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First foreign aid convoy reaches capital of Ethiopia's conflict-hit Tigray

A woman walks over piles of sacks of wheat during a distribution of food organised by the Ethiopian government in the city of Alamata, Ethiopia   -  
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The first international aid convoy arrived Saturday in the capital of Ethiopia's Tigray region since fighting broke out more than a month ago, triggering a refugee crisis and humanitarian disaster.

The International Committee of the Red Cross said seven trucks brought medicines and medical equipment for 400 wounded as well as relief supplies to Mekele, a city of half a million that had been all-but cut off to foreign aid since the conflict began on November 4.

"It is the first international aid to arrive in Mekele since fighting erupted in Tigray more than one month ago," the Geneva-based ICRC said, describing health care facilities in the city as "paralysed".

Patrick Youssef, ICRC regional director for Africa, said the supplies would "reduce those impossible life-or-death triage decisions" for doctors and nurses in Mekele who had endured for weeks without running water and electricity, let alone essential medicines.

The convoy arrived as the United Nations expressed growing alarm over the plight of nearly 100,000 Eritrean refugees in Tigray and appealed for urgent access to assist them and 600,000 others dependent on food rations.

Ethiopia had restricted access to Tigray, and a communications blackout has made it difficult to evaluate the humanitarian situation on the ground.

Aid groups have been warning for weeks of a looming hunger crisis as food rations dwindled, and life-saving relief was repeatedly delayed.

- Disturbing reports -

Prime Minister Abiy Ahmed, winner of last year's Nobel Peace Prize, on Friday said his government would be in charge of handling the humanitarian response and access to Tigray, and that Ethiopia had this week dispatched tonnes of food and other relief supplies by trucks to Mekele and other cities in the region.

Addis Ababa has rejected suggestions that outsiders might play a leading role in the relief effort and an agreement last week to allow the UN and aid agencies access to Tigray foundered, deepening international alarm, before another deal was announced on Wednesday.

The UN refugee agency UNHCR said Friday it still has not been able to reach four camps for Eritrean refugees since the announcement of a major military offensive against forces loyal to the Tigray People's Liberation Front (TPLF).

Filippo Grandi, the UN High Commissioner for Refugees, said the UNHCR had received "an overwhelming number of disturbing reports" of refugees being killed or kidnapped and forcibly returned to Eritrea, a secretive country bordering Tigray to the north.

"If confirmed, these actions would constitute a major violation of international law," Grandi said.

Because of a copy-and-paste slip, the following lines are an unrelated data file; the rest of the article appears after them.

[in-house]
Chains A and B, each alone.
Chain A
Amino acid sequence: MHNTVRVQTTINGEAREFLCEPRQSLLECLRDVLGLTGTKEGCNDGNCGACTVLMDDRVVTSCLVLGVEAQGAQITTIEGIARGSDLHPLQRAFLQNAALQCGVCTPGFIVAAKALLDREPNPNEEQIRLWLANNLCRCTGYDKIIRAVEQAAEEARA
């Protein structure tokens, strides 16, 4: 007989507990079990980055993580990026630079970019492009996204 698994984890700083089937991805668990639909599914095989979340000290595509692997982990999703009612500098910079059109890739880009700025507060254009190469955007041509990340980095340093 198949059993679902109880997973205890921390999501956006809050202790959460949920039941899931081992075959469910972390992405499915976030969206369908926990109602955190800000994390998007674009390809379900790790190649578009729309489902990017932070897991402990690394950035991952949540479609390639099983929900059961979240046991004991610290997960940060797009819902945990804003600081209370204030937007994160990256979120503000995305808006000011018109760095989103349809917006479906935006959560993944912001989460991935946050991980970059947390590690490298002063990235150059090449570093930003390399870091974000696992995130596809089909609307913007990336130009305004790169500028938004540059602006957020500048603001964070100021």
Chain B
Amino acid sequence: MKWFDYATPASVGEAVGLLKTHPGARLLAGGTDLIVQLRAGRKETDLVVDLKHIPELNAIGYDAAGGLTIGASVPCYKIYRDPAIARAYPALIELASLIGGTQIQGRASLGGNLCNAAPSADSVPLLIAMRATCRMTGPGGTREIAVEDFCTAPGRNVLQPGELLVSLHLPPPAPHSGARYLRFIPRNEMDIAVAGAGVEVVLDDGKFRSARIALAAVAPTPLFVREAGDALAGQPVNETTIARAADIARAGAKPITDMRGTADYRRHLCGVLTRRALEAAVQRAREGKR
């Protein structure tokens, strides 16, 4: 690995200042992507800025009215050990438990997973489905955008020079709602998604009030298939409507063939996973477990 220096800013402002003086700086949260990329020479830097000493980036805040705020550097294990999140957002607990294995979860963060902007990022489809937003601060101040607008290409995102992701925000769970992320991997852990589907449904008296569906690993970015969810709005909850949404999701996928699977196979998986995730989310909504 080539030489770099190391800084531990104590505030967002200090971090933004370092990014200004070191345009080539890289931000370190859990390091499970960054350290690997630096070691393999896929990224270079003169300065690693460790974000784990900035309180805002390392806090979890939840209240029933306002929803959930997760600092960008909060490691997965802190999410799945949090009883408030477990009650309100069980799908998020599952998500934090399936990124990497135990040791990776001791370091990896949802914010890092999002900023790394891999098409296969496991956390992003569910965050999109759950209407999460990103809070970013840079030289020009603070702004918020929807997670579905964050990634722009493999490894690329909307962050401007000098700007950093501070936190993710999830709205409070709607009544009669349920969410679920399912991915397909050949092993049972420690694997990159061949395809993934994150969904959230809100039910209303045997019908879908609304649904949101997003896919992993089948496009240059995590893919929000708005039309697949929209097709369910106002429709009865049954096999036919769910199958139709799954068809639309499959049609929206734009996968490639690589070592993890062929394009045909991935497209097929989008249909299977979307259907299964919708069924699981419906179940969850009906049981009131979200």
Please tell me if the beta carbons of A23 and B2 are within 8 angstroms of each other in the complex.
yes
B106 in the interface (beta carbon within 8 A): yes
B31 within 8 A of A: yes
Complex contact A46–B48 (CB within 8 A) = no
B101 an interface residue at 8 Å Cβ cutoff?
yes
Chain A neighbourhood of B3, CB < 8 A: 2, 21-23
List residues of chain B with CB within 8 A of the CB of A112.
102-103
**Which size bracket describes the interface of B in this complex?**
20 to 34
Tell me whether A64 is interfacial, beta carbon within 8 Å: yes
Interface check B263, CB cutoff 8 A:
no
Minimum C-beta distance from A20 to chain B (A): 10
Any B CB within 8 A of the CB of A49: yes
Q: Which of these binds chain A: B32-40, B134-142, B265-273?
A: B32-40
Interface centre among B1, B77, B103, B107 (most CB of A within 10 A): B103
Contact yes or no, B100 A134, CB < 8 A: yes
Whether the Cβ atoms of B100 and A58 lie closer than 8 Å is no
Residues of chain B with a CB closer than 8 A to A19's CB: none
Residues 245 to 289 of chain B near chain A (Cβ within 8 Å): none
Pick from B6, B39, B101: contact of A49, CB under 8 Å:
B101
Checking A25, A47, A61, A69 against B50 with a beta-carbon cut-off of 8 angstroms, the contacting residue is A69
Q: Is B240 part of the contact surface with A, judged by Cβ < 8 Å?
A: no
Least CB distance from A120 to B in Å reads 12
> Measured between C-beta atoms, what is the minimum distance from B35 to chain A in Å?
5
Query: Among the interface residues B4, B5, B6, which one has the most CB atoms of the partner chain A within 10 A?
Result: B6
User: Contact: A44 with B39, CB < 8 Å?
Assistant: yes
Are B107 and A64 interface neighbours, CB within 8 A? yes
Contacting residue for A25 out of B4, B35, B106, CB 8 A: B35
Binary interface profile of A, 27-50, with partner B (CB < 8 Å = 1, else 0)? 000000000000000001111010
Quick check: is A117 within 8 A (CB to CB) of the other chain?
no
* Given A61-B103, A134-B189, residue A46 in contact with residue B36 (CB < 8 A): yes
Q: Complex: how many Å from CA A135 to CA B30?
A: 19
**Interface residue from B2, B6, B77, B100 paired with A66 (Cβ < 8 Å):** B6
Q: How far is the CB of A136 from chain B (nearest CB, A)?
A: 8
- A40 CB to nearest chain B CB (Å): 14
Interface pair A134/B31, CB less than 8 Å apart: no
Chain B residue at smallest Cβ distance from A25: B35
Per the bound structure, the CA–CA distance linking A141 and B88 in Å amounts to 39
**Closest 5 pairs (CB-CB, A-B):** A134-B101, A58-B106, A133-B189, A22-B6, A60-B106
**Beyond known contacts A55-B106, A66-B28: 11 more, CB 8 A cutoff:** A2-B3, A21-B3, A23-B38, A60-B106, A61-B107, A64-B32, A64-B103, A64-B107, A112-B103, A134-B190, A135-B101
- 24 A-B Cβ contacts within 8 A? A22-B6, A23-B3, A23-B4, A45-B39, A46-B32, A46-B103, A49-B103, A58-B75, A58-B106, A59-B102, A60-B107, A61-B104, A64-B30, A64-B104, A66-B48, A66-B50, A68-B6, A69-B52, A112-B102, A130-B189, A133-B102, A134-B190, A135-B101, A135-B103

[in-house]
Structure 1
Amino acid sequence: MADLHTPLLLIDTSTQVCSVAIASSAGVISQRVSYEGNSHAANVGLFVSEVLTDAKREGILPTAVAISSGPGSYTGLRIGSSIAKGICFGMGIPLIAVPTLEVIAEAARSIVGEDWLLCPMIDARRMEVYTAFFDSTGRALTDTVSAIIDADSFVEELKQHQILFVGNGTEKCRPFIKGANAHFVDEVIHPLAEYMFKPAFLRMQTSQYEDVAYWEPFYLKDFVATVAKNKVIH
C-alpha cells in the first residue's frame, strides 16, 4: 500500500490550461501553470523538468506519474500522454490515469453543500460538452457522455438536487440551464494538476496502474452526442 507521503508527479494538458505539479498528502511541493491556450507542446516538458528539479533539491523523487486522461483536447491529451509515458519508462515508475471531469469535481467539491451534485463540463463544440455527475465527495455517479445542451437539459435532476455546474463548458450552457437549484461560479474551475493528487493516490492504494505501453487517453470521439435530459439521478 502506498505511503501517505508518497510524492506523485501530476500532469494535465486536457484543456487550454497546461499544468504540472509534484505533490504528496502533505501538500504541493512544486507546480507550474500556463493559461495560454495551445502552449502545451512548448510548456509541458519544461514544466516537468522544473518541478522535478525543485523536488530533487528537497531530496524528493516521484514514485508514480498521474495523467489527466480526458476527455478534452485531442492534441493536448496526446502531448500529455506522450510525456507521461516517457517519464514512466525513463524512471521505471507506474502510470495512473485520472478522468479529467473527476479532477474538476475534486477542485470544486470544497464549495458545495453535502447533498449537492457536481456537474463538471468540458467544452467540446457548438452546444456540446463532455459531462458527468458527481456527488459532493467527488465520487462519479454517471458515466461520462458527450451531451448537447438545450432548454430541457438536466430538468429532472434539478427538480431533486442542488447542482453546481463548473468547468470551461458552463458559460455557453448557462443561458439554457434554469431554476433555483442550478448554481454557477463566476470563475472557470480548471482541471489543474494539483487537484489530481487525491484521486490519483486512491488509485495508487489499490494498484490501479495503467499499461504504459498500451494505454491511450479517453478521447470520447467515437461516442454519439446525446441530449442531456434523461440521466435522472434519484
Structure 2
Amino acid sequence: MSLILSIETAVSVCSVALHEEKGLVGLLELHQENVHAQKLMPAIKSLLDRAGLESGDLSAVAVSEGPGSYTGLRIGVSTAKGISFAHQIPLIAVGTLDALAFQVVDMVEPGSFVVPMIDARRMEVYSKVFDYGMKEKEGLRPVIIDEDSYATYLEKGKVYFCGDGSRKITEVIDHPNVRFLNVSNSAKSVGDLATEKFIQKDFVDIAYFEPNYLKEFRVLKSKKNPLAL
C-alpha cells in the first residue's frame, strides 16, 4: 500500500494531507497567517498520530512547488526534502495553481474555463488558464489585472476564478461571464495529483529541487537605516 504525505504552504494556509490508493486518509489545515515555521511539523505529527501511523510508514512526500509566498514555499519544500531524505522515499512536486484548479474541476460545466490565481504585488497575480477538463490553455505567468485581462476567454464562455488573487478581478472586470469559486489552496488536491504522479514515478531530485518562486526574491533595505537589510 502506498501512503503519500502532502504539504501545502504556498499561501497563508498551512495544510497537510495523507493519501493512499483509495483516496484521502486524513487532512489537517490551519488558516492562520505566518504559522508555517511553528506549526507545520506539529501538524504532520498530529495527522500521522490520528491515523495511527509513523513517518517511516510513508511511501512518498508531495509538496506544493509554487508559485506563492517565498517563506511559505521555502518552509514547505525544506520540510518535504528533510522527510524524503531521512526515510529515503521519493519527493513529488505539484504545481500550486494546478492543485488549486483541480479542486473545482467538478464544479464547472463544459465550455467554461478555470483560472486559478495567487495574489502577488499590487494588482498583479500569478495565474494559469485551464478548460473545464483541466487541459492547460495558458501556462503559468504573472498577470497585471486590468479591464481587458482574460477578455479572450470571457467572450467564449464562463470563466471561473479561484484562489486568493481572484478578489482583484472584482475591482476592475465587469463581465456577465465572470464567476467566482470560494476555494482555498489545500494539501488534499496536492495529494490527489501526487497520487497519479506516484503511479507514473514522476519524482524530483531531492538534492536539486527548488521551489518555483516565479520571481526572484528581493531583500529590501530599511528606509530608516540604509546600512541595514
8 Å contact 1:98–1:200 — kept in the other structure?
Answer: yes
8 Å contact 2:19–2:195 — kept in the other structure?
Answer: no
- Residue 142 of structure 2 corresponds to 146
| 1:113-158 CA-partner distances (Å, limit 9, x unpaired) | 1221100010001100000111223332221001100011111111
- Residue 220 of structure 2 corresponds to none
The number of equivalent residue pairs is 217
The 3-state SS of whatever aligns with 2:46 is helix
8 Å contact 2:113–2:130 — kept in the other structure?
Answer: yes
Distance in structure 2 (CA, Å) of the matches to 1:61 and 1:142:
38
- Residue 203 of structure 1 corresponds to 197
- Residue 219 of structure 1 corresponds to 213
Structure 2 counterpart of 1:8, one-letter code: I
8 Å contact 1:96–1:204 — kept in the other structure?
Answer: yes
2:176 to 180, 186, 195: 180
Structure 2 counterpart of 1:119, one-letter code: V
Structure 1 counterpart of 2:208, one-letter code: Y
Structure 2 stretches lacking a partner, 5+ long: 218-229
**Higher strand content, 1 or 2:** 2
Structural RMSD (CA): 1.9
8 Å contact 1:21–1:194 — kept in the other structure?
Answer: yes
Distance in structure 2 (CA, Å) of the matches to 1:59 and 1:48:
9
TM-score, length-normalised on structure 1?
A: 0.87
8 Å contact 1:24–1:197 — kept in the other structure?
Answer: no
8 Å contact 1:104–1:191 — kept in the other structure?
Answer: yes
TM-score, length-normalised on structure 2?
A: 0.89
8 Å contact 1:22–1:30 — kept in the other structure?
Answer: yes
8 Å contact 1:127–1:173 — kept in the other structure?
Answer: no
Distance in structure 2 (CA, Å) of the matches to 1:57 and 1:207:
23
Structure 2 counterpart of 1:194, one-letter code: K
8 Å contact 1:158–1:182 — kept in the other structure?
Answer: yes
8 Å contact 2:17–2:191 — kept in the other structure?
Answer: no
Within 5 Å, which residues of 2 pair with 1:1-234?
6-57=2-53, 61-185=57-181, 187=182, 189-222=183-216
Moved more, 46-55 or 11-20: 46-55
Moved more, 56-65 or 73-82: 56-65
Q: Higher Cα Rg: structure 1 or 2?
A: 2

EU foreign policy chief Josep Borrell said Saturday that "any act of refoulement or forced return should be prevented" and urged that aid groups be given "immediate, unhindered and unrestricted" access to Tigray.

The International Rescue Committee said Friday that one of its staff was killed last month at an Eritrean refugee camp in Tigray. The Danish Refugee Council, which also assists Eritreans, said three of its guards were killed, but did not specify where.

- 'Harm and hunger' -

Ethiopia said Friday it was returning "misinformed" Eritrean refugees headed for Addis Ababa back to Tigray to receive aid and live "lawfully and peacefully".

"Forcibly sending Eritrean refugees back to camps in Tigray places them at unnecessary risk of harm and hunger," Laetitia Bader, Horn of Africa director for Human Rights Watch, said Saturday.

The UN migration agency IOM has denied its buses were used to transport refugees "to an unknown destination" and rejected allegations that Eritreans were being held at one of its transit centres in Addis Ababa and processed for forcible return.

The International Organization for Migration said it was "extremely concerned" by reports of Eritreans being relocated against their will and "does not under any circumstances conduct the forced return of migrants and refugees".

It said one of its three transit centres in Addis Ababa was "taken over" by Ethiopian authorities on December 3 and that IOM "had no management authority, oversight or involvement in any activities undertaken by the authorities in the centre since that time".

In a sign of the depth of tensions over where and how aid agencies should operate in Tigray, a UN team trying to visit an Eritrean refugee camp on December 6 was shot at by Ethiopian forces and briefly detained.

A government spokesman said the team ignored instructions and checkpoints on "a kind of adventurous expedition".

Abiy declared the fighting in Tigray over on November 28, saying the army had captured Mekele from the TPLF, and has dismissed reports of ongoing clashes as "sporadic gunfire".

Thousands have been killed, according to the International Crisis Group, and around 50,000 people have fled to refugee camps across the border in Sudan.

The United States on Friday cited "credible reports" that Eritrean forces had entered Tigray, and urged them to withdraw. Ethiopia has repeatedly denied Eritrean involvement.

The TPLF dominated Ethiopian politics for nearly three decades and fought a brutal 1998-2000 border war with Eritrea that left tens of thousands dead. Abiy came to power in 2018 and won the Nobel Peace Prize the following year in large part for his effort to initiate a rapprochement with Eritrea.